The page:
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Evolution and Dynamics of Fractal Growth of the Urban Green Spaces in Seville (Spain)

Written By

Emilio Ramírez Juidías

Submitted: 10 November 2017 Reviewed: 05 December 2017 Published: 20 December 2017

DOI: 10.5772/intechopen.72924

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Landscape Architecture - The Sense of Places, Models and Applications

Edited by Amjad Almusaed

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Like urban growth, the increase in the area of urban green spaces can be described using fractal design, a measure, of the dynamic evolution of public space of leisure and recreation of the citizens, associated with the growth form of the city. Throughout the history, the city of Seville has been a good example of sustainability and eco-design in spite of the enormous physical transformations carried out both in the city center and in the periphery. In essence, the evolutionary process of the city is both technical and social giving rise to a landscape that is transformed and remains. In this work, from the evolution of green area per inhabitant from 1842 to 2016, a prediction model capable of characterizing the changes of fractal dimension associated with the growth of Seville is proposed. This prediction model can be used to estimate the growth rate of the fractal dimension, and therefore to reveal the spatiotemporal process and pattern of Seville growth. Especially, the model lays a foundation for researching the correlation between urban form and urbanization and for developing the theory of spatial replacement dynamics.


  • Seville
  • green areas
  • fractal growth
  • eco-design
  • sustainability

1. Introduction

Environmental sustainability, defined as the set of policies and processes aimed at maintaining an adequate level of development that does not jeopardize existing natural resources, is a complex concept, since it depends on the criterion chosen to determine when a certain level of development does not jeopardize the survival of existing resources in a geographical space [1]. In this regard, and considering the scope of the city, it may be interesting to highlight the dual relationship between the functioning of the city and the sustainability of the city ecosystem, due to the great diversity of areas (industrial, residential, commercial, recreational, etc.) that coexist.

From the point of view of eco-design, and according to [2], this dual relationship reveals the use of certain amounts of environmental resources, which must be transferred through a series of eco-efficient strategies implemented in the initial phase of the urban development project.

According to [3], the relative growth of urban population in the city of Seville has been 11.75% between 2002 and 2012, which has led to a continuous transformation of the traditional agricultural landscape in order to create new urbanized zones. This constant growth has led to the exhaustion of the agricultural resources supplied to the rural areas that have been absorbed by the urban fabric, resulting in an incessant migration from rural to urban as a result of the rapid and consequent economic growth that existed from 1970 to 2007 [2]. This, which can be seen as an advantage from the point of view of growth and development of the Andalusian capital, can become one of the main obstacles to maintaining the current sustainable and eco-efficient urban development (SEUD) in Seville. The existing migratory balance in the city of Seville should not be forgotten, which although low, 2.69% between 1981 and 2011 [2], is important in the total count as a result of the fact that from 2012 the migratory balance is negative up to and including, 2016 [4]. In this regard, [5] specifies that policies aimed at improving the problems of mobility, sustainable development, quality of life, urban competitiveness and strategic marketing constitute a new frame of reference.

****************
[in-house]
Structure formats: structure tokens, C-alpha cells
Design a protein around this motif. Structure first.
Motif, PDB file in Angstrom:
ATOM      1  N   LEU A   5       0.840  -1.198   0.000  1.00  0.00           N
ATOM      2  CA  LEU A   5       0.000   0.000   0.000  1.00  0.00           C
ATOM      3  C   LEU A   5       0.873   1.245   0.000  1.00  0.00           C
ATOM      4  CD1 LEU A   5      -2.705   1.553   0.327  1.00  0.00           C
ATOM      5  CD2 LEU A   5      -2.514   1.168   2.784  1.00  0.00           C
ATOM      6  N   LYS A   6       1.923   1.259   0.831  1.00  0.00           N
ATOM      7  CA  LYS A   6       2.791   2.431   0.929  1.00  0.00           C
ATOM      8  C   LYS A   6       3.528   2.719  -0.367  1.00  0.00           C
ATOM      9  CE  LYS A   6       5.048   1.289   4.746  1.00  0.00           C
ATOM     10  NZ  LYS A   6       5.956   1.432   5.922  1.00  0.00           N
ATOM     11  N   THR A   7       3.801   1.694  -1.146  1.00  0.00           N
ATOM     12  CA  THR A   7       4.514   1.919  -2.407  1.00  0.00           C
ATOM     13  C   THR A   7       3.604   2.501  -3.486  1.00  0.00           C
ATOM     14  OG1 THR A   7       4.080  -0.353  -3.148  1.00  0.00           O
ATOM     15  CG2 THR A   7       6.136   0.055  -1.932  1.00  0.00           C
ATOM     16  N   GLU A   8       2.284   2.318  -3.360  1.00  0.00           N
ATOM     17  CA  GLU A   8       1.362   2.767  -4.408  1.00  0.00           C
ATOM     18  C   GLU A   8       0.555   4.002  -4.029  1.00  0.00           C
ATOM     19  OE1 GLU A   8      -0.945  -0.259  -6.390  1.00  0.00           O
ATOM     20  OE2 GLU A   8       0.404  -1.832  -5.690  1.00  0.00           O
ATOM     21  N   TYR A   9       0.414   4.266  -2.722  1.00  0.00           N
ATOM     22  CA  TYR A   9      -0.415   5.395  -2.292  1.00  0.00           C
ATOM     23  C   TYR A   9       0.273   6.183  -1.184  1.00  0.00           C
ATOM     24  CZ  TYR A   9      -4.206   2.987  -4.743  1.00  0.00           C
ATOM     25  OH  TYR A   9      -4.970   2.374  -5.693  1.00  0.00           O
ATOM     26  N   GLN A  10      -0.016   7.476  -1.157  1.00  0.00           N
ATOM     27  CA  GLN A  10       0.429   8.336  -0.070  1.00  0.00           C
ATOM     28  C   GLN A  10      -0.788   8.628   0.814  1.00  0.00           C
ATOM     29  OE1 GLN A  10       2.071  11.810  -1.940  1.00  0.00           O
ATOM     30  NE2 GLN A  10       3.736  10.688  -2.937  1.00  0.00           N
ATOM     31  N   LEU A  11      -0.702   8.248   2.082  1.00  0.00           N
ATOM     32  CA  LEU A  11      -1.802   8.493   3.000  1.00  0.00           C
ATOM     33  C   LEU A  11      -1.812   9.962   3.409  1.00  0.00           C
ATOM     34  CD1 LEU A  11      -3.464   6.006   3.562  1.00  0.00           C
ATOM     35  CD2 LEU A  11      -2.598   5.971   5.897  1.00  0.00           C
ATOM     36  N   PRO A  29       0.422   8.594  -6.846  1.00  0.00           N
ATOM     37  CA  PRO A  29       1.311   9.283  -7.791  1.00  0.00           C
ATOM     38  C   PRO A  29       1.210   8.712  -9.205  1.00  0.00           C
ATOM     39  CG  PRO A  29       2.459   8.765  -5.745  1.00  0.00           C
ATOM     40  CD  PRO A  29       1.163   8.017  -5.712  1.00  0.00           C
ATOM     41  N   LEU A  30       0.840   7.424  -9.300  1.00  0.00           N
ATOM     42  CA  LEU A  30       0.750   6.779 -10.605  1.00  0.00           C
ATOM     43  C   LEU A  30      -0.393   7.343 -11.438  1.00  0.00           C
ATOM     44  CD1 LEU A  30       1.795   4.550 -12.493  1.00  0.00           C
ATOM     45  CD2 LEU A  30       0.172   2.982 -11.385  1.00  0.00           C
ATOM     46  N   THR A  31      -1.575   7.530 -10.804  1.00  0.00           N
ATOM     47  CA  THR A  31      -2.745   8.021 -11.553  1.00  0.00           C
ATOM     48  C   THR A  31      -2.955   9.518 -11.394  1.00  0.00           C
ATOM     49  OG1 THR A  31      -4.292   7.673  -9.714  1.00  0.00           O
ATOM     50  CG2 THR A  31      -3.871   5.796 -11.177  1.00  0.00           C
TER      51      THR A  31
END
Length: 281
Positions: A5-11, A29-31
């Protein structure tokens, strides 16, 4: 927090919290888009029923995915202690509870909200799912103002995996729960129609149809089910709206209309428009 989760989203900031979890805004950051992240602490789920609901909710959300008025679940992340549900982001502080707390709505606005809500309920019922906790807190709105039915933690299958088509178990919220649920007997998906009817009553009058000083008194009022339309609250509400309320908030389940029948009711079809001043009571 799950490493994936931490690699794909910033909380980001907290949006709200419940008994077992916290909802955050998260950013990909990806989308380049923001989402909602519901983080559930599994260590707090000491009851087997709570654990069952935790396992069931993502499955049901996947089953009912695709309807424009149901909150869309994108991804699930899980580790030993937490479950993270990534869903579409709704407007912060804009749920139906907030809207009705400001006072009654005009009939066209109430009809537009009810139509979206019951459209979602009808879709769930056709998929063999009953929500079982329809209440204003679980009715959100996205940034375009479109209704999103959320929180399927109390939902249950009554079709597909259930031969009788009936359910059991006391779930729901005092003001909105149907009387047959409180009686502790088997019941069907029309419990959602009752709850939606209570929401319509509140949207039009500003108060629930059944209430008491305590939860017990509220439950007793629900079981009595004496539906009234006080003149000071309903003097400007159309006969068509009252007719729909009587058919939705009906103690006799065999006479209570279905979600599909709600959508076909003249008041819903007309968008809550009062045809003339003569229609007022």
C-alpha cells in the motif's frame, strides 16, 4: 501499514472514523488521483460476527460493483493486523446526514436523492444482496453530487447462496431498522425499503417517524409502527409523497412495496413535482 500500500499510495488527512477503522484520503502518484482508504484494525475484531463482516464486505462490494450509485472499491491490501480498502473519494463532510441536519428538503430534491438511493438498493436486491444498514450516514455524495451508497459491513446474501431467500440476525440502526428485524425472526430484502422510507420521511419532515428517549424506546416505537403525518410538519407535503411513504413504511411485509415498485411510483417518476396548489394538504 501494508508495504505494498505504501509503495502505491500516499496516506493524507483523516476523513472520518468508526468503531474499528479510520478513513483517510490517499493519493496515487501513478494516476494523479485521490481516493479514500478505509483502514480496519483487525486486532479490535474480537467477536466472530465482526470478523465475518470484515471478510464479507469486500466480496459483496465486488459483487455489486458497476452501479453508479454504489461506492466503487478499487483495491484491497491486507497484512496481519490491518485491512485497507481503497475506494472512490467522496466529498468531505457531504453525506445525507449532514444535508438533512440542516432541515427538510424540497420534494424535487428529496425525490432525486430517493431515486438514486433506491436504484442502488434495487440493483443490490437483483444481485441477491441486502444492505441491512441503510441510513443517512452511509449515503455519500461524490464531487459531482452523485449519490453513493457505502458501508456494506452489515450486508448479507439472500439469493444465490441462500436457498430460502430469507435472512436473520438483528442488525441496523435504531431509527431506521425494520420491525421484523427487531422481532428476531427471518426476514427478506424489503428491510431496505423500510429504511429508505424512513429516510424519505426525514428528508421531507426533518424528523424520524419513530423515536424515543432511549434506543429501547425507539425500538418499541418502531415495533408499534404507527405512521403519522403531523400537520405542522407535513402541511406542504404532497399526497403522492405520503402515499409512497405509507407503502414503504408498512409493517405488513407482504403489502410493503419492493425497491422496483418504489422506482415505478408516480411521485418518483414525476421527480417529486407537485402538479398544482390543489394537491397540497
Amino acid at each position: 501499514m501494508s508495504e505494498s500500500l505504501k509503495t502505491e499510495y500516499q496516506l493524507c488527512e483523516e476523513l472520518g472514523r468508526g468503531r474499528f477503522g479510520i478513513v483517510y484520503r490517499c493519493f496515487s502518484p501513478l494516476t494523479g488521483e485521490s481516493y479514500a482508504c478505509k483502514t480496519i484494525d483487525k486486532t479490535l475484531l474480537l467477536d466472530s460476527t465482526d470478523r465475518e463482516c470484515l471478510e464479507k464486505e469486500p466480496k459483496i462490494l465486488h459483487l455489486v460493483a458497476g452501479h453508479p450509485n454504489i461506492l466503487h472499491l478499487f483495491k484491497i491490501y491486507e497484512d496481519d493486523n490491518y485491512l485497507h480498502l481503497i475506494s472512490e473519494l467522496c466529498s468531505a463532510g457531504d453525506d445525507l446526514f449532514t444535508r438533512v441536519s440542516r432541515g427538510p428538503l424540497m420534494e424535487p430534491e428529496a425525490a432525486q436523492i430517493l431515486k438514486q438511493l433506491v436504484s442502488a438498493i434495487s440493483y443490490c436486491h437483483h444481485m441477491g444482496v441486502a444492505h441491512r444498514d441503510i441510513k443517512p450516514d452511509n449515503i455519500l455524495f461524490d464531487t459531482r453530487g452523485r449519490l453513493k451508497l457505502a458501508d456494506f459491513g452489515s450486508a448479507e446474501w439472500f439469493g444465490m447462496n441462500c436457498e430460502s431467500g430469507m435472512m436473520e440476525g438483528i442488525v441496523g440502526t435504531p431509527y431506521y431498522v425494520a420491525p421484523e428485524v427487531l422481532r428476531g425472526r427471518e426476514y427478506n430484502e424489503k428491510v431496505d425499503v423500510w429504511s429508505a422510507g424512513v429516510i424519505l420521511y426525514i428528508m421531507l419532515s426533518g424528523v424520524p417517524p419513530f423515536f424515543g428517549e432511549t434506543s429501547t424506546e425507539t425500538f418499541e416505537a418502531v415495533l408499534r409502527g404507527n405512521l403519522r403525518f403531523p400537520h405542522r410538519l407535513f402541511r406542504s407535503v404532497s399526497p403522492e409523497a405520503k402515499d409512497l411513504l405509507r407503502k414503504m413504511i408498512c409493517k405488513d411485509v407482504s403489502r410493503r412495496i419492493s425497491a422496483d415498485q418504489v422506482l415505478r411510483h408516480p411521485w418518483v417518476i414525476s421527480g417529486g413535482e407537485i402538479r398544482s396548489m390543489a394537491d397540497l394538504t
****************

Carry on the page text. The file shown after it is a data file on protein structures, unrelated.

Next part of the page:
Several studies have analyzed the urban expansion of the city of Seville. According to [2], from the formal point of view, the growth of Seville has an irregular and radio-centric form, which counteracts the eastward development trend of the city and turns the basin of the former Guadalquivir river into the backbone of its plane, from where the best urban landscape perspectives are offered, both in its historical areas, as well as in those most related to the port or to the northern part of the metropolis. On the other hand, [6] specifies that the growth of the city is influenced by the development of the social differentiation of Seville in both the Southwest-Northeast direction as in East-West direction, occurring outside these two directions the emergence of a series of islands scattered throughout the territory, with its own social character independent of contiguous urban sectors and that has its origin in the local and particular dynamics that give rise to its development and colonization.

Then again, and based on the study carried out by [7], the city of Seville is transforming part of the typical pattern of Mediterranean city, based on compactness and drastic countryside-city separation, for a more decentralized one. Initially, the confirmation of the metropolitan model at Seville city resulted in the materialization of suburban cities, around the central city, with a high index of building density, which housed a significant part of the industry. At the same time, most of the tertiary functions remained in the central area. This imbalanced model demanded a significant mobility of the population, due to the necessity of the center-periphery displacements for reasons of work and of satisfaction of great part of the personal services.